The Federal Bureau of Investigation (FBI) and the Department of Justice (DOJ) warned of a 10-fold increased sextorion schemes nationwide in the first half of 2022, compared to the same period in 2021.
Authorities received thousands of complaints in that period and indicated that most of the sextortion cases were male and resulted in suicide of more than a dozen.
According to media reports, the stunts were orchestrated mostly out of the United States, especially in Nigeria and the Ivory Coast, where victims aged 14 to 17.
CNN reported that predators usually start communicating with their victims on social networks, through chat and online gaming sites, before swifting conversation to another platform where they mainly use direct messages.
Through deception, predators convince a young person to produce an explicit video or photo, according to the FBI and Homeland Security Investigations (HSI). HSI is the investigative arm of the Department of Homeland Security.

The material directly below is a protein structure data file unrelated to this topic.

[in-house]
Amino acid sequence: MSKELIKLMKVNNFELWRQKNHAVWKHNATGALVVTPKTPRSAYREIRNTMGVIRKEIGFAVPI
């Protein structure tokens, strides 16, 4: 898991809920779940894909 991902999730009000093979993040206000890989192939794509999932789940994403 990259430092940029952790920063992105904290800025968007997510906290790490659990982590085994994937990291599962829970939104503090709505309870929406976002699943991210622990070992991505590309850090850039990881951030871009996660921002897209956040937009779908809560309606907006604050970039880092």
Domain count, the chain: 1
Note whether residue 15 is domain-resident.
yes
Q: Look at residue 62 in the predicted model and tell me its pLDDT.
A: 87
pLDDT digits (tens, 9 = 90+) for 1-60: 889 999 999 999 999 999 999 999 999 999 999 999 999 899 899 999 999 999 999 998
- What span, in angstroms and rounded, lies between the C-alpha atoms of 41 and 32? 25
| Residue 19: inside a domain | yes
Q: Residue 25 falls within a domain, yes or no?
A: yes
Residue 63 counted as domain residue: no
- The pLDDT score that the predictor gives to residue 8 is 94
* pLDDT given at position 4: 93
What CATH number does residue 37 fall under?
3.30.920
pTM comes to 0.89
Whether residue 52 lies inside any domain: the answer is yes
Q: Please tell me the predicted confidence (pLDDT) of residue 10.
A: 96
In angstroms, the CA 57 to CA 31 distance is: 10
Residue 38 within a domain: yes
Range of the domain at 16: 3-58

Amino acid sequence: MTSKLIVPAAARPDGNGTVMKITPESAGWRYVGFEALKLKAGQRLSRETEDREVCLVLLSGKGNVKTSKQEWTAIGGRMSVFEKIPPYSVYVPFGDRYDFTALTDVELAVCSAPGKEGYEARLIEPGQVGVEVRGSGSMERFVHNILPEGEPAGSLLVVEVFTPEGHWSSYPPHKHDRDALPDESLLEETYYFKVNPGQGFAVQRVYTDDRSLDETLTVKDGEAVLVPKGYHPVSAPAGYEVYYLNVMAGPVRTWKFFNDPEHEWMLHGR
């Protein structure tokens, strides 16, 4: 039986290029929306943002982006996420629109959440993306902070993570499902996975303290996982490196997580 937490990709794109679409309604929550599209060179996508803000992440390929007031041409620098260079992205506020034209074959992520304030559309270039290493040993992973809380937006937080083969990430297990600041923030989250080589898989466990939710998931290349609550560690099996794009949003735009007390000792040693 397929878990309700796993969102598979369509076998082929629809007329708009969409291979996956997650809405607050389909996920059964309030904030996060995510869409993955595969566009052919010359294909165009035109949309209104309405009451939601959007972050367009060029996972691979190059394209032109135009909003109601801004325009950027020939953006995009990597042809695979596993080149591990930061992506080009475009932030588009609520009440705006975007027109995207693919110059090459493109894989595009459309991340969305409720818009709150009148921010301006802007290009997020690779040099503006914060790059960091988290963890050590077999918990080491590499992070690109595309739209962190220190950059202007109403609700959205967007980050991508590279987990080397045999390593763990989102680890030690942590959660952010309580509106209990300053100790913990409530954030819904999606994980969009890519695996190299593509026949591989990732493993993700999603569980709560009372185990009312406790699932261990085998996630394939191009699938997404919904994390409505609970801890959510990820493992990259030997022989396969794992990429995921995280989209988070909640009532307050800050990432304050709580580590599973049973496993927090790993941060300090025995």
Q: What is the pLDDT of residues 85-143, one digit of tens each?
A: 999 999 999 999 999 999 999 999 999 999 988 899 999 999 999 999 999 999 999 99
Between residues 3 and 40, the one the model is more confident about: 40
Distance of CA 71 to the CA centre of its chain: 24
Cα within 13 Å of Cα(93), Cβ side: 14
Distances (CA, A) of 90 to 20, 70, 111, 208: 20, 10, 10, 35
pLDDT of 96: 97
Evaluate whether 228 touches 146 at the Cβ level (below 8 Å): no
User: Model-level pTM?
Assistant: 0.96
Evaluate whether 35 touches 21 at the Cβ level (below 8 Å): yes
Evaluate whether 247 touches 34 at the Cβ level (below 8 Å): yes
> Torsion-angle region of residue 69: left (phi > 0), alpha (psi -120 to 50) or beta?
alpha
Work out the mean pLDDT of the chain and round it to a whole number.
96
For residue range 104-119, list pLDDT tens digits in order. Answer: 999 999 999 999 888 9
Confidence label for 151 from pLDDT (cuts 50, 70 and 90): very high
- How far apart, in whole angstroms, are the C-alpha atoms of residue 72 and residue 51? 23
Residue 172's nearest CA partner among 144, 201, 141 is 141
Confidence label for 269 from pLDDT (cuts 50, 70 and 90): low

Once predators acquire images, they threaten to release the compromising material unless the victim sends money or gift cards. Often, the predators demand payment through a variety of peer-to-peer payment applications.
In many cases, however, predators release the images even if payments are made. The shame, fear and confusion victims feel when they are caught in this cycle often prevents them from asking for help or reporting the abuse, according to law enforcement.
Other media outlets indicated that children and teens were contacted by people who used fake female names.
“Shame, fear and confusion victims feel when caught in that circle often prevents them from seeking help or reporting the abuse,” the FBI said.
Christopher Wray, FBI Director, said in a statement there was a “horrific increased financial sextortion reports on minors,” and many of those who suffer from it “are not even included among official numbers.” He also urged relatives and caregivers to act to prevent this crime.